A photograph of a Buffalo-area bus shelter from Chris Mottalini's series, "The Mistake By the Lake."
Chris Mottalini, a Brooklyn-based photographer who grew up in Buffalo, has been mounting a series of fascinating photography projects over the past few years. One of them, a particularly intriguing collection dubbed "The Mistake By the Lake," takes a look at school bus shelters built by hand across Western New York's rural landscape.
The images, of these slim, solitary and often creatively constructed structures, seem to speak of a different time. Here's what Mottalini says about the series: "Though the shelters are created for a specific need, over time that need diminishes and these curious examples of amateur architecture are left to blend into their surroundings. They remain as reminders of ingenuity and past necessity."
He goes on to position the project as a counter-point to the larger narrative about Western New York, as a frozen tundra of dejection and lost hope: "The heart of this project is the documentation of the architectural products of human concern and emotion, with greater-Buffalo as the backdrop. I think these shelters serve to contradict the narrative of neglect that the mention of Buffalo sometimes invokes. As a champion of my hometown, my goal was to depict a wholly unexpected and fascinating side of a great, but often maligned region."
Mottalini's website, which includes a more recent series documenting the demolition of homes by the famed architect Paul Rudolph, is well worth checking out.
At the moment, there are no immediate plans for a local exhibition of Mottalini's work, but his bus shelter series seems to cry out for the atttention of a local gallery.
"Leonardo da Vinci: Machines in Motion," an interactive exhibition featuring the largest hands-on display of full-size machine replicas constructed according to da Vinci's famous codices, will be on display from June 4 through Aug. 28 in the Buffalo Museum of Science (1020 Humboldt Parkway).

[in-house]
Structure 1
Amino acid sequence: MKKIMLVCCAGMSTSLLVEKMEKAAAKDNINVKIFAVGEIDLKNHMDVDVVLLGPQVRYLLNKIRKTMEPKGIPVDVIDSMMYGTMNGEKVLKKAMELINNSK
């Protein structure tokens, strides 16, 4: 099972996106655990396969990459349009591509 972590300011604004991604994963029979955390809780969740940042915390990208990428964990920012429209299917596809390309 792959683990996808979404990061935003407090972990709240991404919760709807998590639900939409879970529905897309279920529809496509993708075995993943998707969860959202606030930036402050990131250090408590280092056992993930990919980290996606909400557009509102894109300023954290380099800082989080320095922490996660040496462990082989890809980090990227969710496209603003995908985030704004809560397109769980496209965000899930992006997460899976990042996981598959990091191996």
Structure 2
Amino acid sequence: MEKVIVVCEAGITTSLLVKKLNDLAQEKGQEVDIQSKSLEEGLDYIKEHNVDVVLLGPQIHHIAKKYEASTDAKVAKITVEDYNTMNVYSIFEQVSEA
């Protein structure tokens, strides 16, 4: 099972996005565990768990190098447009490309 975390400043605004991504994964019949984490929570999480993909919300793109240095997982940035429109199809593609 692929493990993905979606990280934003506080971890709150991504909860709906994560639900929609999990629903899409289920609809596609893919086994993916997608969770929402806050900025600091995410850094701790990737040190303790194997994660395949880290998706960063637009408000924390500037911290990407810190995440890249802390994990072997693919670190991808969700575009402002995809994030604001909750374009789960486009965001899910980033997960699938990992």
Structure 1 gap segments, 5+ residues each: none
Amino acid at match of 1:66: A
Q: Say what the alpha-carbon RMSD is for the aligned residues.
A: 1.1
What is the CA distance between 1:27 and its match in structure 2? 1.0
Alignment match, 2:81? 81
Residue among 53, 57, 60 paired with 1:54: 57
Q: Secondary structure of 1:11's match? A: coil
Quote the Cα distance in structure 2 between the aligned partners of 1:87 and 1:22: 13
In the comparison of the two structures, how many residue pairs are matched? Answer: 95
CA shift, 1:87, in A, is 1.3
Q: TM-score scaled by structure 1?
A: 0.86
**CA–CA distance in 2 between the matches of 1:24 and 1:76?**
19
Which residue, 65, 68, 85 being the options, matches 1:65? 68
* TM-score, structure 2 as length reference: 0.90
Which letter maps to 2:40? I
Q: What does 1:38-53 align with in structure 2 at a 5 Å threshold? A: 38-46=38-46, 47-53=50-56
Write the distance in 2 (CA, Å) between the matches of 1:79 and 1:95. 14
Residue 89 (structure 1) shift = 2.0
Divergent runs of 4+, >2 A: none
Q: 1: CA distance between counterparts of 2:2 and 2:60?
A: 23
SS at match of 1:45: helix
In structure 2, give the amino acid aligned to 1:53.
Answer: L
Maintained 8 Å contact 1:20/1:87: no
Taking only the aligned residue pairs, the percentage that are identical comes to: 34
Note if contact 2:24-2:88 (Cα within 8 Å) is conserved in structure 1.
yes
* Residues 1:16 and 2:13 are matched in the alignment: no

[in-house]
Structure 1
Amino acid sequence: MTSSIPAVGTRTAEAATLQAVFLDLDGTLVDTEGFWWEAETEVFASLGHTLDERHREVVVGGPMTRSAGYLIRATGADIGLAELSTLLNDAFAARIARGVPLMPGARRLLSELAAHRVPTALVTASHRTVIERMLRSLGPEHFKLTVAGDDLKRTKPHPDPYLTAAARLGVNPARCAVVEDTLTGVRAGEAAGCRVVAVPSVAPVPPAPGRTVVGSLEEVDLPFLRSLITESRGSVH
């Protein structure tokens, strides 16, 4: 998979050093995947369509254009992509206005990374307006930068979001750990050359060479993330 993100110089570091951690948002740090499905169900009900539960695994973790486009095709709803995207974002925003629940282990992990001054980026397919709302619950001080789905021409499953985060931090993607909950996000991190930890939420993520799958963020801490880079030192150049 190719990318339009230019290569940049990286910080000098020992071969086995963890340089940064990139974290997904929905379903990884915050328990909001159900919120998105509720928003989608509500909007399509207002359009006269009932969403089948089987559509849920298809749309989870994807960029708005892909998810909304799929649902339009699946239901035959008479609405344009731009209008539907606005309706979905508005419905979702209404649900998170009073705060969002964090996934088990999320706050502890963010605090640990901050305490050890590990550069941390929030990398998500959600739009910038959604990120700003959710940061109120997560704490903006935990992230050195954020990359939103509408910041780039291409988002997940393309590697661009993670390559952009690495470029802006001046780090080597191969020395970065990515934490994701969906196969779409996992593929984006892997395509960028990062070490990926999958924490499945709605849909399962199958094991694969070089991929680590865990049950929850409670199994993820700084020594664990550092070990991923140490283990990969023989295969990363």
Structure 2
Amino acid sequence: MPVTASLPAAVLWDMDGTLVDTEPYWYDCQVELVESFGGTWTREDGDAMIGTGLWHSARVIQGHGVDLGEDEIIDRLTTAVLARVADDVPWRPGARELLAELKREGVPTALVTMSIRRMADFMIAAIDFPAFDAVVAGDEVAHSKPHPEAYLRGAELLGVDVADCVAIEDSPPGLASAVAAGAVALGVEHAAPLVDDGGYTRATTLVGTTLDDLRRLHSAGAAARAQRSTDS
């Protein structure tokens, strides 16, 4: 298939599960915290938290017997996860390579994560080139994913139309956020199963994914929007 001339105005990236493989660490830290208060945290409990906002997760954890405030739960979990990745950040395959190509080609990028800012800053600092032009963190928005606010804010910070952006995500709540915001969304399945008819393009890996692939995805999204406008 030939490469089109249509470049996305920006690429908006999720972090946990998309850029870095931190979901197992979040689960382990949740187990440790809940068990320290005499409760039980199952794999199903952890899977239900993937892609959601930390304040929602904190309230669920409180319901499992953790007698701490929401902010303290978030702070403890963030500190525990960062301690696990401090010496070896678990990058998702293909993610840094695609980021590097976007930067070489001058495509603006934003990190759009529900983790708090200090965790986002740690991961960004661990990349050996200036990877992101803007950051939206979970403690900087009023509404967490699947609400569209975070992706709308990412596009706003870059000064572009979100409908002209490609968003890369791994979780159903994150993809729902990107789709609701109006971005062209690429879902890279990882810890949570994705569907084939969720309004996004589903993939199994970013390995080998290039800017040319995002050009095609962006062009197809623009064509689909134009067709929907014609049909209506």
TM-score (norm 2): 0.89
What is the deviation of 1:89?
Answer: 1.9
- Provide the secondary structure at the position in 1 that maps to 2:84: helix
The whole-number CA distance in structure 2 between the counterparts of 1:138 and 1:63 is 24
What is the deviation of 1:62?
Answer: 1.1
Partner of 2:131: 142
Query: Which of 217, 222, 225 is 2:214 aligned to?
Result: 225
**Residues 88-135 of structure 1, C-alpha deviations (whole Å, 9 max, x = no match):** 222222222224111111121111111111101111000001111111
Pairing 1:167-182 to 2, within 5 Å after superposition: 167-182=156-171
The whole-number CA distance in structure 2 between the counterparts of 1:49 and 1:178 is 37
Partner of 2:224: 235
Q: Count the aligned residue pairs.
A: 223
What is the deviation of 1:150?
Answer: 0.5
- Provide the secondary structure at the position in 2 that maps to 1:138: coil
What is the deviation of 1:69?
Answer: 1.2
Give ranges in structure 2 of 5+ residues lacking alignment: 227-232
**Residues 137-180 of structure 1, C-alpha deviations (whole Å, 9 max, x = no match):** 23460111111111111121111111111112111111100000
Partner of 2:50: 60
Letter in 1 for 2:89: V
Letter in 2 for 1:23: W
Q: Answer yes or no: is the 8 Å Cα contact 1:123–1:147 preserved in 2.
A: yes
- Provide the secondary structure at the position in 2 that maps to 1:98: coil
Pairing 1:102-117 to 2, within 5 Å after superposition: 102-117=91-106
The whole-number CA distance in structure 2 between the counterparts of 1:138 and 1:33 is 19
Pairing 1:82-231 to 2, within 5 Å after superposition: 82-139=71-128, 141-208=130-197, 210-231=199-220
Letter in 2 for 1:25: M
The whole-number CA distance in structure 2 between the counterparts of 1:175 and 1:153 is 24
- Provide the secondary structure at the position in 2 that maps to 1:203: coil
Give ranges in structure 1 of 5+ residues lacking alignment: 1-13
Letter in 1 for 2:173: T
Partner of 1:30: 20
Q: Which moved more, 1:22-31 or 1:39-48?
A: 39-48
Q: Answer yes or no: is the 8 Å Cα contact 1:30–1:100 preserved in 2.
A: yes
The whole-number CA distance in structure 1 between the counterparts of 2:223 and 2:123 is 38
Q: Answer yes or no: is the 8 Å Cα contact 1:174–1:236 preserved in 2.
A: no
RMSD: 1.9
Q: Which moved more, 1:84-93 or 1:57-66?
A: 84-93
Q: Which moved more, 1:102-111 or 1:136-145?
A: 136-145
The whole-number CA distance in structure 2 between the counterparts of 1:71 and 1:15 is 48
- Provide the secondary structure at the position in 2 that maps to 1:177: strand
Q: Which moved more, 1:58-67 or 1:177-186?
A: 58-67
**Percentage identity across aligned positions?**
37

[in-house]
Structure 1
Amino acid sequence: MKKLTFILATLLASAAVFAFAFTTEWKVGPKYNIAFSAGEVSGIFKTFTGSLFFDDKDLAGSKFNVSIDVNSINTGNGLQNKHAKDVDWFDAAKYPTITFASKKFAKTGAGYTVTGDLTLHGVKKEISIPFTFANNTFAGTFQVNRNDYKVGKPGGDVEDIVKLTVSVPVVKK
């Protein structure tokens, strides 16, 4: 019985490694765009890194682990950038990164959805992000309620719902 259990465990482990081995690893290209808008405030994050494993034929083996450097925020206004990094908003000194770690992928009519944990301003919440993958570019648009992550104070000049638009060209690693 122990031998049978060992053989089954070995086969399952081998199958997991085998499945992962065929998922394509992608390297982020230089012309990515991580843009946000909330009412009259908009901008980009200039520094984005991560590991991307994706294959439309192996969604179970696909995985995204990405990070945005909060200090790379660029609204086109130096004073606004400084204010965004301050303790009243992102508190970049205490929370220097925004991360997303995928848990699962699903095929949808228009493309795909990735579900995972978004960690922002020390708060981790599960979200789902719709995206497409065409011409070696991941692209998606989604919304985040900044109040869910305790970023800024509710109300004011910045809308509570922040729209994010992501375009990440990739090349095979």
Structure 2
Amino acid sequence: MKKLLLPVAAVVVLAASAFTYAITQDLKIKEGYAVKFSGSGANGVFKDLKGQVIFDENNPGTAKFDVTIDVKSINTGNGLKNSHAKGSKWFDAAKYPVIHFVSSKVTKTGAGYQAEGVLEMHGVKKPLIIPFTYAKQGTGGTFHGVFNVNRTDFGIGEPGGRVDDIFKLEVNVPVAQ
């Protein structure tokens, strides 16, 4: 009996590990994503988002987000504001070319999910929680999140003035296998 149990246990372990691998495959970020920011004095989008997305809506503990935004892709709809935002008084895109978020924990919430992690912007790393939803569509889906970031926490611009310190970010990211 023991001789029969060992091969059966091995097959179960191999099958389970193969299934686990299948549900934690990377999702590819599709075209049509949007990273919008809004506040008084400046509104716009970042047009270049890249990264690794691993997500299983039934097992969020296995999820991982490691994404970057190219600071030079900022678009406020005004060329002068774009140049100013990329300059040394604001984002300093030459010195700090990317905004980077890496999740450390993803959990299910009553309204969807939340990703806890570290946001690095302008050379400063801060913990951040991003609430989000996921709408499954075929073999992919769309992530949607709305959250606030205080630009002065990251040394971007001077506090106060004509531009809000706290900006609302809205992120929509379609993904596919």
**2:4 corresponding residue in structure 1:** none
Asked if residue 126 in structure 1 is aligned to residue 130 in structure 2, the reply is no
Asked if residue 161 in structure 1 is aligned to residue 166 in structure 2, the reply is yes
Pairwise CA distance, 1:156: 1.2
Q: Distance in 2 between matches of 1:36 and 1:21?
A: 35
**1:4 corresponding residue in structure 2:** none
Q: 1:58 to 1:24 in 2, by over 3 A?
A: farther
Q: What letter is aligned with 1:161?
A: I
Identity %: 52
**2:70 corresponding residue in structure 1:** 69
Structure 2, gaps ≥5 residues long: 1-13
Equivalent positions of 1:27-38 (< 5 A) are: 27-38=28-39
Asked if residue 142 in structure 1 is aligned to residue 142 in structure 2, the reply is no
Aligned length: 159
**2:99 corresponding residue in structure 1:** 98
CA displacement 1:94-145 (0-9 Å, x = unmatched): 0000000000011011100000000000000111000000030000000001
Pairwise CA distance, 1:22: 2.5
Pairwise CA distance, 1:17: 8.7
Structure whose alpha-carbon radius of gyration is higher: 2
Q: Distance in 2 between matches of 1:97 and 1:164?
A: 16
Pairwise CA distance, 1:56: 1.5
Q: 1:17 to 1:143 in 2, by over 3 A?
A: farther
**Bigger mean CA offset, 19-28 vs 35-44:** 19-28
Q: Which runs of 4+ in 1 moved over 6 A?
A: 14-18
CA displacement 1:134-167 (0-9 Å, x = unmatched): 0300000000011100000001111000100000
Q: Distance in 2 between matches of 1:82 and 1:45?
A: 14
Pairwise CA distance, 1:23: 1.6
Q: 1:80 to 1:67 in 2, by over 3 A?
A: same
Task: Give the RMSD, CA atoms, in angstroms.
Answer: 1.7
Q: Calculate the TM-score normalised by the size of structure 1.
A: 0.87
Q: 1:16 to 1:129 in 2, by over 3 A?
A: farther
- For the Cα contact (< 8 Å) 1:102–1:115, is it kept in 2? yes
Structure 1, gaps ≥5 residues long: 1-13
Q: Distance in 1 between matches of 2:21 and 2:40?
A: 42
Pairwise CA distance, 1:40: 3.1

There is an additional $2 charge to explore the exhibit (free for children under age 2) along with the museum's general admission of $8 adults, $7 seniors, $6 children, students and military.
The museum is open from 10 a.m. to 4 p.m. daily with extended hours on Fridays until 7 p.m. For more information, call 896-5200 or visit www.sciencebuff.org.
"H.K.," a 1980 painting by Charles Clough.
The University at Buffalo's Anderson Gallery, a gem of a space tucked into the residential neighborhood near the university's south campus, recently announced its acquisition of several hundred new works for its already significant collection of modern and contemporary art.
The largest chunk of the Anderson's recent acquisitions comes from a donation of more than 400 pieces by Charles Clough, one of the founders of Hallwalls Contemporary Arts Center in the mid-'70s and a painter who has been attracting increased attention lately. These were donated by Herbert and Dorothy Vogel, the famed art collectors who have been distributing the collection to musuems around the country (including the Albright-Knox Art Gallery and the Castellani Art Museum) in massive numbers over the past several years.
The Anderson Gallery also announced it has acquired a bust of the art critic Donald Kuspit by the Dutch artist Karl Appel, pictured below:
"Study for a Portrait of Donald Kuspit," a 1988 sculpture by Karl Appel.
Both works are now on view in the gallery. The gallery has also recently acquired a series of Tibetan Thankga paintings from the collection of Richard V. and Susan Lee as well as works by Arnold Mesches, Jill Clement, Harvey Breverman and the Ant Farm art collective.
A portrait of Osama bin Laden by Toronto artist Viktor Mitic. Photo from www.torontosun.com.
Toronto artist Viktor Mitic paints with bullets. According to a Toronto Sun story posted last Friday, the Serbian-born artist prepares his canvases in Toronto and then takes them to a Buffalo-area firing range to riddle them with bullet holes. The results, as in Mitic's portrait of Osama bin Laden above, have drawn plenty of attention. Subjects of Mitic's other target-practice portraits have included John Lennon, Ronald McDonald and Jesus.
Additional seats for Taylor Swift's June 21 concert in HSBC Arena will be released at 5 p.m. today (May 20). Tickets will only be available online at www.tickets.com and by phone at (888) 223-6000. The HSBC Arena box office will not be open.